Two young siblings Mei Riwai-Couch, 7, and her brother Brigham, 9 carried life-sized coffin made of 500 cigarette packets into a parliamentary inquiry to show how their grandfather died of lung cancer, as he was a chronic chain smoker.
Brigham and Mei cared for their grandfather, aged 69, until he died of lung cancer in January 2009. Their grandfather was the last of 16 brothers and sisters to die. He used to smoke even at breakfast. "His cigarette would sit on his lip; even when he talked and wouldn't fall out, he might have taken it out to eat or to drink his coffee, but I don't really know. It was just always there.” said Brigham in his submission.
The siblings used to visit their grandfather in hospital and his skin looking pale and green and found his hands really big and rough, but they felt cold. His lungs were filling up with water. Even when they took the water out a few times, it kept coming back.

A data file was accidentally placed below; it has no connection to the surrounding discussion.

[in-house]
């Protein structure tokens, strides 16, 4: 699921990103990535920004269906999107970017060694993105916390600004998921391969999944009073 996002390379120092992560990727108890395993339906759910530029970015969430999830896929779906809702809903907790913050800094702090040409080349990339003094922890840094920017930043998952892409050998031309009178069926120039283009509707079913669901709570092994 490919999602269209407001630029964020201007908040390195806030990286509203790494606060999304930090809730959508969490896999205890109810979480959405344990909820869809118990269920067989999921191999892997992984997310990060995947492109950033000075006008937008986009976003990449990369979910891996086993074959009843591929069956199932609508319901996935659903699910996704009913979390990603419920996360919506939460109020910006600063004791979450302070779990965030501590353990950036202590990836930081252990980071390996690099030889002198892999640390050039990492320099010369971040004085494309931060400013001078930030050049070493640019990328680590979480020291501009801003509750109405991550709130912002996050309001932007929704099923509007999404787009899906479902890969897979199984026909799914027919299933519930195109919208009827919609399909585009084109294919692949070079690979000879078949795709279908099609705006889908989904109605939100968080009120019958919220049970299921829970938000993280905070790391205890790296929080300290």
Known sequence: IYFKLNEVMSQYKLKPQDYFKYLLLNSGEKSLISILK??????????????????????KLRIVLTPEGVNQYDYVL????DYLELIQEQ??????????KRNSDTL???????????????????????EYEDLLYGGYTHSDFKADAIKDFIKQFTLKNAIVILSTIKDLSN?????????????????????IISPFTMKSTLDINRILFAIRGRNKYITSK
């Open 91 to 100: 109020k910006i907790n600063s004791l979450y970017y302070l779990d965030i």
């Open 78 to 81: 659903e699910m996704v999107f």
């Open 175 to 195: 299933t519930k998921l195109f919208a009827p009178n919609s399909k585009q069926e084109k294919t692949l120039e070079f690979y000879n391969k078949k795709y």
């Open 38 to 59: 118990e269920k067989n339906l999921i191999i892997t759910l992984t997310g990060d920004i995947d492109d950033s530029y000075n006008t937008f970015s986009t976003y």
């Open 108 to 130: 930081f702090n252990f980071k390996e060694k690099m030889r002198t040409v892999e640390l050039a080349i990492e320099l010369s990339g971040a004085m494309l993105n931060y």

According to these siblings, cigarettes should not sold in the shops if they are so bad for health and also they want politicians to do something so no more children would have to lose people they love.
Today, a committee is sitting in Christchurch, in which these siblings will tell the Maori Affairs select committee the impact last year's death of their grandfather, Dennis MacDonald, who had smoked since he was 15, had had on them.
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